With money comes momentum

December 17, 2013

With money comes momentum 
Wellington Financial 
12 Dec 2013 
Mark McQueen 

The news is finally out about the latest Shopify financing round, and it speaks to the reality that with money comes momentum. Momentum for the company. Momentum for the ecosystem. 

As much as the recent industry buzz has been about names such as Desire2Learn and Kik Interactive, in part because they’ve raised capital from foreign sources, you have to wonder how many other Canadian tech firms would be "rocking-and-rolling" right now if there was a larger pool of domestic venture capital to draw upon. Today's Shopify news is another reminder how lucky it is to be a VC fund sitting on institutional capital in Canada right now. 

OMERS CEO Michael Nobrega deserves huge credit for stepping out when he did and creating a dedicated arm to deploy early stage capital (see prior post "VC firms set course for a long winter" Nov. 9-10). Some of his national pension plan colleagues thought he was off his rocker, but he saw an opportunity for direct investing in the asset class. His colleague Jacques Demers, and later John Ruffolo, then set out to turn Mr. Nobrega's vision of "lifecycle investing" into reality. In part due to timing, brand, and the seeming endless supply of capital in behind the group, OMERS Ventures has the good fortune of being one of the few Canuck doors to knock on. As a result, the opportunities are like drinking water from a firehose, and the firm is responding in kind. 

Clearly, Shopify is a very late stage deal. I'd heard a few weeks ago that they were doing a round at $500 million pre-money, and I'm glad that I didn't blog that — the figure was too low! Bringing in Insight Venture Partners is a hallmark event, and the firm is very experienced in Canada; with some good outcomes, too, over the past 10 years.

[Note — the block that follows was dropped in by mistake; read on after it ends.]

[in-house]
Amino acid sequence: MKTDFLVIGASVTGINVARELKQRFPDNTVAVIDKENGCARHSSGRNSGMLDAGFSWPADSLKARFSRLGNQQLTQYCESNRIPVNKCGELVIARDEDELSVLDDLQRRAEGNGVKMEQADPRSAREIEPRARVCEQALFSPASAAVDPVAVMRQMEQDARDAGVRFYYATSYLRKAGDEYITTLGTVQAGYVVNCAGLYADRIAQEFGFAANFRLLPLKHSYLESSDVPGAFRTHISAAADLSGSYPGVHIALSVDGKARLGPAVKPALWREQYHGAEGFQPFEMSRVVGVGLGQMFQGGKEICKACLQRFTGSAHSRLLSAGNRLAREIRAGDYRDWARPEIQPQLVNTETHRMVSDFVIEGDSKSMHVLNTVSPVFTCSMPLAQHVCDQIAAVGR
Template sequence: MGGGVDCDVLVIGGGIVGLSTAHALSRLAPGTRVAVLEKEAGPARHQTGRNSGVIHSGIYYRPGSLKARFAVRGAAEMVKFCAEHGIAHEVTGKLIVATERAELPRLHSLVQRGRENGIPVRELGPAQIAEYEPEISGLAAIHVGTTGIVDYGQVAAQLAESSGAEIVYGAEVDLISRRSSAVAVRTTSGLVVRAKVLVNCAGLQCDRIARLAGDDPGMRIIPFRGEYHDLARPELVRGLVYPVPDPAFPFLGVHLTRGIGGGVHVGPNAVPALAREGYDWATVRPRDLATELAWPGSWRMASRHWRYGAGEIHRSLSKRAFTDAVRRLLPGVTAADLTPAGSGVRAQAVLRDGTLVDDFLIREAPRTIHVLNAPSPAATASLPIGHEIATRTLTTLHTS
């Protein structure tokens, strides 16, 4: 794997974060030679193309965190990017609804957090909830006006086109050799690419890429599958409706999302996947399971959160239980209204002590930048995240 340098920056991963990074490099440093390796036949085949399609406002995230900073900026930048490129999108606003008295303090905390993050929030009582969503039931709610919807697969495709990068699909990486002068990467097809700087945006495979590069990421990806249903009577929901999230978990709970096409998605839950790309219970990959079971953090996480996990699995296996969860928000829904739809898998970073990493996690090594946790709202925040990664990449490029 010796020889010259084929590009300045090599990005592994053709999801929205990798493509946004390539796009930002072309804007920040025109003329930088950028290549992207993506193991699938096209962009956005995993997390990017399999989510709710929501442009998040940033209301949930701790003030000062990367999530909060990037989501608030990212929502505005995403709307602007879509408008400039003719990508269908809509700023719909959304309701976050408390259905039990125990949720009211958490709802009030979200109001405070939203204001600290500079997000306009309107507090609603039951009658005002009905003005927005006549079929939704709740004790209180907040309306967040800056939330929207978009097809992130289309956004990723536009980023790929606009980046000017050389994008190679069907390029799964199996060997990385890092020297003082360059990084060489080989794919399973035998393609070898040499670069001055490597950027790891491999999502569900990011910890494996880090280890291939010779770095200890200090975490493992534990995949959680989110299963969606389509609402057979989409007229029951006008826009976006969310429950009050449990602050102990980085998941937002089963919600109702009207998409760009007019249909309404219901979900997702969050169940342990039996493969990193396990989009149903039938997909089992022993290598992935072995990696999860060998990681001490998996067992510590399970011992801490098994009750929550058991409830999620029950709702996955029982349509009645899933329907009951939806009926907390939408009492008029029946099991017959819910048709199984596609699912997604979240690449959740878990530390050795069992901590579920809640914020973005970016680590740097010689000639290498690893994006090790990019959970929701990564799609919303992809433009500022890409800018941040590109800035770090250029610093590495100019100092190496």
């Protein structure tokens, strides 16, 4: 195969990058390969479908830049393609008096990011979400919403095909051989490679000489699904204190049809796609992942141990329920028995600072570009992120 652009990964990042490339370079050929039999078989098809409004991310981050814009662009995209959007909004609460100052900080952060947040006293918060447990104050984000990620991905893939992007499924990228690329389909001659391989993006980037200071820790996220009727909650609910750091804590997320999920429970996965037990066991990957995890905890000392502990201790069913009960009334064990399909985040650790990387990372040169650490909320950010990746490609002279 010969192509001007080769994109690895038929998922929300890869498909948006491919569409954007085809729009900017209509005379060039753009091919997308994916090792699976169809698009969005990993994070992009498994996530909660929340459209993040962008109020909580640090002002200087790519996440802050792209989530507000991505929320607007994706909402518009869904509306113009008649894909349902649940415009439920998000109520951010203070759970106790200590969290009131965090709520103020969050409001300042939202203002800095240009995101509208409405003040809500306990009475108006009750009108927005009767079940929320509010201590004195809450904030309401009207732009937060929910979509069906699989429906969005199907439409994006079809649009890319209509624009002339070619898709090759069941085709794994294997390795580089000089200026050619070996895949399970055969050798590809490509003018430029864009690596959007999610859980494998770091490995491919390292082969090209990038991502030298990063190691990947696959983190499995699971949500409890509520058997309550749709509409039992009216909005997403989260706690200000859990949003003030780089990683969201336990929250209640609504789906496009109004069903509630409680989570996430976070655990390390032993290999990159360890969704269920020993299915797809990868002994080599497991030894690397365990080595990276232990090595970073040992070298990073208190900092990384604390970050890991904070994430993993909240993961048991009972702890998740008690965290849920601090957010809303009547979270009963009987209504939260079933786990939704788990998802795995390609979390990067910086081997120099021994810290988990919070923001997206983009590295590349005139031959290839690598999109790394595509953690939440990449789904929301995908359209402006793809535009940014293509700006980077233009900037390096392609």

In reality, Shopify didn't need domestic capital to reach the reported billion dollar valuation (H/T Globe), as there were plenty of foreign firms lined up at the door. But that's very rare (see prior post "If it's not built, they can't come" March 6-10). Firms such as FixMo and Achievers, for example, received capital locally long before they were discovered by Silicon Valley VCs. You have to ask yourself, how many other Shopify's are out there, and who has been missed? 

What kind of momentum would the tech ecosystem be experiencing right now if the other Tobias Lütke’s had more than a handful of Canadian VC doors to knock on? There's no doubt that venture capital is impactful to the economy and the company that attracts it. A recent government follow-on study found that VC-backed Canadian companies had:

  • higher levels of research and development (R&D) intensity – VC-backed firms had higher R&D expenditures relative to revenues when compared to all other firms that conduct R&D;
  • higher average wages – particularly higher average wages for VC-backed firms in the ICT sector, but also higher average wages for all VC-backed firms; and
  • higher survival rates over periods of one to five years – by the fifth year, VC-backed firms had survival rates higher than all firms in the professional, scientific, and technical group, higher than all small and medium enterprises earning over $30,000, and higher than all manufacturing firms.
  • stronger revenue growth, sales growth, employee growth, and asset growth – cumulatively over periods of one, three and five years, respectively.
  • higher cumulative wage growth – over time this wage growth is higher among VC-backed firms, suggesting that these firms do more high value-added employment than non-VC-backed firms.
  • higher R&D expenditure growth – VC-backed firms performed better although only the one-year growth rate was statistically significant.

All of which supports the Federal government's Venture Capital Action Plan. The fabulous news out of Ottawa this morning about Shopify is an example of money driving momentum. What entrepreneurs need to see is the final stage of VCAP getting across the finish line. More capital would drive more start-ups, commercialization, jobs, innovation and economic growth. 

And give the other Tobias Lütke's out there a chance to see just how big they can grow their dreams.